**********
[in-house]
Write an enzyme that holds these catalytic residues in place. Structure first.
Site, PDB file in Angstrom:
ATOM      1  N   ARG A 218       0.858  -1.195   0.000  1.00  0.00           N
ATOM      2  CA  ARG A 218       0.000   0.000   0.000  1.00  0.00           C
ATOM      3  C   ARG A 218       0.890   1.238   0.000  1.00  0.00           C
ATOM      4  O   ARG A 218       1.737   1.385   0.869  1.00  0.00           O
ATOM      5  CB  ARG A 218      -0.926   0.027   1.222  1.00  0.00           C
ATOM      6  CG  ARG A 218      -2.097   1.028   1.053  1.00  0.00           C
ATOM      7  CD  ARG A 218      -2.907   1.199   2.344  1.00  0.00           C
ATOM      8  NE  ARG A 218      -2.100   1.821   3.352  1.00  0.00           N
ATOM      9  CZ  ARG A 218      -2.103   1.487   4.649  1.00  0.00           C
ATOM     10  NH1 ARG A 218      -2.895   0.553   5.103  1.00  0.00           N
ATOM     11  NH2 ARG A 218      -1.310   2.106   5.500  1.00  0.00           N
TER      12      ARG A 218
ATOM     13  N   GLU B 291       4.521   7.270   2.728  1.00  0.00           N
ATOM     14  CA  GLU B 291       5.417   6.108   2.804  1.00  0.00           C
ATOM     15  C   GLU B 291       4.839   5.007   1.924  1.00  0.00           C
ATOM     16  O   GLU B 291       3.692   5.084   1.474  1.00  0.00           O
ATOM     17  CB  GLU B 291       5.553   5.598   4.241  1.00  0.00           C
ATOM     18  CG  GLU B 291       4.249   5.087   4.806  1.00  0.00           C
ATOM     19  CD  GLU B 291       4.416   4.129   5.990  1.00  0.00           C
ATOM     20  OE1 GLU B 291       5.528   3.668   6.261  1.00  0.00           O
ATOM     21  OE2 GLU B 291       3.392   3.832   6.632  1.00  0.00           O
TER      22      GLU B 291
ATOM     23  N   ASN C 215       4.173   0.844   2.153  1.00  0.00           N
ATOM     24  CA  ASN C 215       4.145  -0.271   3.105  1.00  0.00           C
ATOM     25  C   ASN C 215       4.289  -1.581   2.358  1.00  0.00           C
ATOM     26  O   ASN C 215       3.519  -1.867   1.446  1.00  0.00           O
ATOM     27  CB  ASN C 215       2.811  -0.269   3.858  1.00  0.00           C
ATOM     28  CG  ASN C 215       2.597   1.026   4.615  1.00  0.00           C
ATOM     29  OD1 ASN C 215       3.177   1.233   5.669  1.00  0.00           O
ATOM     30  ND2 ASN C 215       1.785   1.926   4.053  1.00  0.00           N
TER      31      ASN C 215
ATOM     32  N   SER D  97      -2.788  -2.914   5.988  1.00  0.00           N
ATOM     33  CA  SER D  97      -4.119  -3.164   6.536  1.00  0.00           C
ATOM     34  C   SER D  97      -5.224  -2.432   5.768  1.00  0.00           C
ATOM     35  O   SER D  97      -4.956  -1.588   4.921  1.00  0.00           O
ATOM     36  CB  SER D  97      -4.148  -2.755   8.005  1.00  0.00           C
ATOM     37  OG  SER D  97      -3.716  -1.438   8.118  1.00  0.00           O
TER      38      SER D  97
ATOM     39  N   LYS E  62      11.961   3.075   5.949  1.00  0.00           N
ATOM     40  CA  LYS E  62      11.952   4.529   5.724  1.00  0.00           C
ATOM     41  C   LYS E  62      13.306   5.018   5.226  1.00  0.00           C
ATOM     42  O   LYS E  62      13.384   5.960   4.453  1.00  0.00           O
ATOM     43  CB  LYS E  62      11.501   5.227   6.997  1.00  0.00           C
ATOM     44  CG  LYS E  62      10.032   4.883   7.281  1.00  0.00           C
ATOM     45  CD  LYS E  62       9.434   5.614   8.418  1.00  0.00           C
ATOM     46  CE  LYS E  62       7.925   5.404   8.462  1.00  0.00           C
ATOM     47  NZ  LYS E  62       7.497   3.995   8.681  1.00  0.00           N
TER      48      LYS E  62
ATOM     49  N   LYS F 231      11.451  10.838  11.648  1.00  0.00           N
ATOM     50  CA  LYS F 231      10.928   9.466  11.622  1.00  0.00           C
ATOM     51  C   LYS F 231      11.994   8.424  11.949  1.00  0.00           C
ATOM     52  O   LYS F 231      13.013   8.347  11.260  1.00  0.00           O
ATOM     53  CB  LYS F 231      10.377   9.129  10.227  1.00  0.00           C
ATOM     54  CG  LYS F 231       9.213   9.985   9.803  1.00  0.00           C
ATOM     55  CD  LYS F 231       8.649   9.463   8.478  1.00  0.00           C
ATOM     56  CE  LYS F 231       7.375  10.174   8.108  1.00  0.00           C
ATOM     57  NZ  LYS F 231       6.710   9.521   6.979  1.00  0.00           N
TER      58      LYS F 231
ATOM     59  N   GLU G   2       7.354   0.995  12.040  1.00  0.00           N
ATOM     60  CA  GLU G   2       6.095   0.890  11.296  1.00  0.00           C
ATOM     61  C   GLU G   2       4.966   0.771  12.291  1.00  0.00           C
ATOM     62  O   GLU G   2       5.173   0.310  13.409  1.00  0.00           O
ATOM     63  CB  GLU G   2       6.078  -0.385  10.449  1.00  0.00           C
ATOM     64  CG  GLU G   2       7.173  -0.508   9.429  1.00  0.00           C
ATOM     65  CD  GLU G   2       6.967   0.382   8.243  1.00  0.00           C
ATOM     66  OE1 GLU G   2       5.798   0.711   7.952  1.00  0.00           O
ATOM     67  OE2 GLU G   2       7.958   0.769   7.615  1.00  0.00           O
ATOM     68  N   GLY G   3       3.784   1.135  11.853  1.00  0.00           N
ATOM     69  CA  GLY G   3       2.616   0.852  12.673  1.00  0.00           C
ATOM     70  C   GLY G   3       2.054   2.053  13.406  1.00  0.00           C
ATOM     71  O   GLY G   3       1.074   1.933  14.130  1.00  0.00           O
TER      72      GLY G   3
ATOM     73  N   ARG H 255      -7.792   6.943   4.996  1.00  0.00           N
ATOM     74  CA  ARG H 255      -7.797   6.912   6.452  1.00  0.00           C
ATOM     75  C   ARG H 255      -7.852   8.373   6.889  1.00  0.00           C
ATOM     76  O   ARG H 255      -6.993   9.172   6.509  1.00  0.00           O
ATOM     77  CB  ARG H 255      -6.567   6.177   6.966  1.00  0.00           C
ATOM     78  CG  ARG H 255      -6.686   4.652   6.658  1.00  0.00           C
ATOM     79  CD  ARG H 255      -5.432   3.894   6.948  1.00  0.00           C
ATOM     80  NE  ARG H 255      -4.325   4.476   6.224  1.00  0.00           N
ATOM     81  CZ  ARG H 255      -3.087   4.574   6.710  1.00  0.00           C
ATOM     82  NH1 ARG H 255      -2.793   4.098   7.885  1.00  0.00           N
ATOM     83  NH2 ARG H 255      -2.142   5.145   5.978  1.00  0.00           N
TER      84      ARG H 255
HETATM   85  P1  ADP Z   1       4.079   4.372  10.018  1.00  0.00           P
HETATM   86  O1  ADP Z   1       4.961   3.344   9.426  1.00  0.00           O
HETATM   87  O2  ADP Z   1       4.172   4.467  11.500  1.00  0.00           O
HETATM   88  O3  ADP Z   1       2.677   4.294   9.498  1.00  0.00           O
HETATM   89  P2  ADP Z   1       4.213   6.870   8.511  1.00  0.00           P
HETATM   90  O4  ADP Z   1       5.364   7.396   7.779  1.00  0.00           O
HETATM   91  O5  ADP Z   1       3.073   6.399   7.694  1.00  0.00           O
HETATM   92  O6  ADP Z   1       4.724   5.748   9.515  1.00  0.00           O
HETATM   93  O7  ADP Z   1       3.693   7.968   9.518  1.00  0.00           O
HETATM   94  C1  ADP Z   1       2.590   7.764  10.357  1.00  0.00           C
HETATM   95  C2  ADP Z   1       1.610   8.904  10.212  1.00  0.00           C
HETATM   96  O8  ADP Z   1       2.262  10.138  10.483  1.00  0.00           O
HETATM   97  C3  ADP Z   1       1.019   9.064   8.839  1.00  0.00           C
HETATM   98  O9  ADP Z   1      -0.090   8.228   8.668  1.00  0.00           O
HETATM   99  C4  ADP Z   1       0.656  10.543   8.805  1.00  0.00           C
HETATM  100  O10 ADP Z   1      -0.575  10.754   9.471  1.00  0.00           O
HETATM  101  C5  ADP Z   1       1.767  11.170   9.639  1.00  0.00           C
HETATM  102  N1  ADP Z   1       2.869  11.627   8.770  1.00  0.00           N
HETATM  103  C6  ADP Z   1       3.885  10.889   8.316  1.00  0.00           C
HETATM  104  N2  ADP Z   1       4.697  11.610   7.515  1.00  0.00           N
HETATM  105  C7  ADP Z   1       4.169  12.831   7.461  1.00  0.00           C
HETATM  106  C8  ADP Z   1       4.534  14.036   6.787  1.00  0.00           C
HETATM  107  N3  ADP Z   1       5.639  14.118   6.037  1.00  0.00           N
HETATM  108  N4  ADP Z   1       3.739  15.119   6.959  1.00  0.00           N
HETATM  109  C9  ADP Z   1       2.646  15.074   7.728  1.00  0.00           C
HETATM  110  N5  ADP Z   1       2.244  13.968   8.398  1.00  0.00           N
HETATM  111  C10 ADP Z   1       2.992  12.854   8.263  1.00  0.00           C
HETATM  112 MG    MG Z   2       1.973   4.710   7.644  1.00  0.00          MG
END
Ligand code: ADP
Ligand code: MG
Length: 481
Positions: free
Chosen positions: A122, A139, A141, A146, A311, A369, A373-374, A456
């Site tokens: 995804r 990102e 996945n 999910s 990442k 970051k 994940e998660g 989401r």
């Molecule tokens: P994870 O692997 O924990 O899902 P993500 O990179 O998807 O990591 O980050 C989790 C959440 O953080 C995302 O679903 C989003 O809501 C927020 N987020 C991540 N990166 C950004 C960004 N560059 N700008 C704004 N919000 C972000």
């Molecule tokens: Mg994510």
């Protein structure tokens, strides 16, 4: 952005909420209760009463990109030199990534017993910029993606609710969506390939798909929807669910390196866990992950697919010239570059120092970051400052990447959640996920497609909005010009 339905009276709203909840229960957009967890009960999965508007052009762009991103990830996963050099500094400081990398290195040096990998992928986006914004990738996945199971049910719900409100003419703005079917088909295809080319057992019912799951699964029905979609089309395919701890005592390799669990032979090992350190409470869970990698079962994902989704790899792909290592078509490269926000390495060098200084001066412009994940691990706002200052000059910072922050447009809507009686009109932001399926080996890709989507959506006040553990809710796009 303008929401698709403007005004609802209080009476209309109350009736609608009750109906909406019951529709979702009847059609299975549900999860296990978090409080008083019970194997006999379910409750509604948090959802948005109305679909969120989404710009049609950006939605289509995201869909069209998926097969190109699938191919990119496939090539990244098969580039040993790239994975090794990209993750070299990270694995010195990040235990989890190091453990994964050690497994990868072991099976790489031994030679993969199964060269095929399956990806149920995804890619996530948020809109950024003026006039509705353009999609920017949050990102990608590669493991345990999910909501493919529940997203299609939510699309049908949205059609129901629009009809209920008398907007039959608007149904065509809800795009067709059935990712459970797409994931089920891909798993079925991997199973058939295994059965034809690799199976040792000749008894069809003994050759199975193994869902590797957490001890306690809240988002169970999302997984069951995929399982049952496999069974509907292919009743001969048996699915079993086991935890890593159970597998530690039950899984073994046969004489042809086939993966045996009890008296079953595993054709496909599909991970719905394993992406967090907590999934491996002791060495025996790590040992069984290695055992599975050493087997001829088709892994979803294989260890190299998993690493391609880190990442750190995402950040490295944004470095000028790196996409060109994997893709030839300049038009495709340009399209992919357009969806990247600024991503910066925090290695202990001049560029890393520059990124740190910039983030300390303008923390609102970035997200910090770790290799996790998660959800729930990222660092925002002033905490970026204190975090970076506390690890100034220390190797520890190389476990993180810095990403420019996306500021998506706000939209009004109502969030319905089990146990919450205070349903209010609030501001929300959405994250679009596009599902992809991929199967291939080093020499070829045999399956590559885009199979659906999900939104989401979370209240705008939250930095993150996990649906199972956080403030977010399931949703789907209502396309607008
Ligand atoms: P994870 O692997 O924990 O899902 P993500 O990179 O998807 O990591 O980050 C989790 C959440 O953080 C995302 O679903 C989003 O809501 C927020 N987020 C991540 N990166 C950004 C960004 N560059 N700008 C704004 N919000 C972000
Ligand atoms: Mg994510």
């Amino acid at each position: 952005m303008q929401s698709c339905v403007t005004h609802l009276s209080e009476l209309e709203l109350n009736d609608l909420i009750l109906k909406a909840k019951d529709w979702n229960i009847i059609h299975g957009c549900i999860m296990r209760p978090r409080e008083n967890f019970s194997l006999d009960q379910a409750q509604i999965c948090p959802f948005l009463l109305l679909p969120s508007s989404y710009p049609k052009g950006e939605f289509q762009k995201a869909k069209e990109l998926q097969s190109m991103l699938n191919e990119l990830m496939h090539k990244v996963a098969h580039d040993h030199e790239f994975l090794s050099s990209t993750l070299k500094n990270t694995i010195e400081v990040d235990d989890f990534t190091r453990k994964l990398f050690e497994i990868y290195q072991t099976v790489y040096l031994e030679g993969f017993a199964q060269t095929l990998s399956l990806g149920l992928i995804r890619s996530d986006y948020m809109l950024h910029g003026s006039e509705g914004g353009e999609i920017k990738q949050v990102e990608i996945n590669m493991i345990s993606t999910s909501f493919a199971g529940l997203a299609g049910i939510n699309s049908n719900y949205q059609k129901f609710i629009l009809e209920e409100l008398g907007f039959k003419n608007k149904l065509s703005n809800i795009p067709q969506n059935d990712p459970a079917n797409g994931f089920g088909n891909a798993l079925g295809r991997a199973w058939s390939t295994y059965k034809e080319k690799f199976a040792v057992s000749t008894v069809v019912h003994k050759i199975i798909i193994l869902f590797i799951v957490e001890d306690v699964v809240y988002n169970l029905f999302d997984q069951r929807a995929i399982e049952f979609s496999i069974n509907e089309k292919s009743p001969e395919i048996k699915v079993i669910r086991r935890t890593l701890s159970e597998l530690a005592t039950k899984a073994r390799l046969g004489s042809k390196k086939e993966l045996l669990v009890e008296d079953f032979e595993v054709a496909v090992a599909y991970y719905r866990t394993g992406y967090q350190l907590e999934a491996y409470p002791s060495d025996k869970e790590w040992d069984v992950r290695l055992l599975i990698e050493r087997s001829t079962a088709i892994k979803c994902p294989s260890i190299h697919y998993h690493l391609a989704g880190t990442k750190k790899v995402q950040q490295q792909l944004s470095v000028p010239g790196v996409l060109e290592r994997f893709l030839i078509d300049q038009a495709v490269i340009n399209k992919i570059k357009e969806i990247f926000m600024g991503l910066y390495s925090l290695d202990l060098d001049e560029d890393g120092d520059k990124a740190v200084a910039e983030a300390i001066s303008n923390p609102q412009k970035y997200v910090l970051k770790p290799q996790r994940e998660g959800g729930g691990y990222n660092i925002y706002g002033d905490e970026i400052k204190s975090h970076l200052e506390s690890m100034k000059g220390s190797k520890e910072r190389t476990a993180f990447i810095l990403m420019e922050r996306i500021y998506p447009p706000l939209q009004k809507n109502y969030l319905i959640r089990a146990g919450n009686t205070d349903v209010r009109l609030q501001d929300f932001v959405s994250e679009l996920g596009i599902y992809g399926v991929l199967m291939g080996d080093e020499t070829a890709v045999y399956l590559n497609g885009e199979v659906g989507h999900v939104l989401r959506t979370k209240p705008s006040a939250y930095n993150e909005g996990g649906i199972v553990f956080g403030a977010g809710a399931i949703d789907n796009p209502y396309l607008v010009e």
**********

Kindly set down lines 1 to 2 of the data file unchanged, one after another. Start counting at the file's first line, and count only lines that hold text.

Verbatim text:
[in-house]
Write an enzyme that holds these catalytic residues in place. Structure first.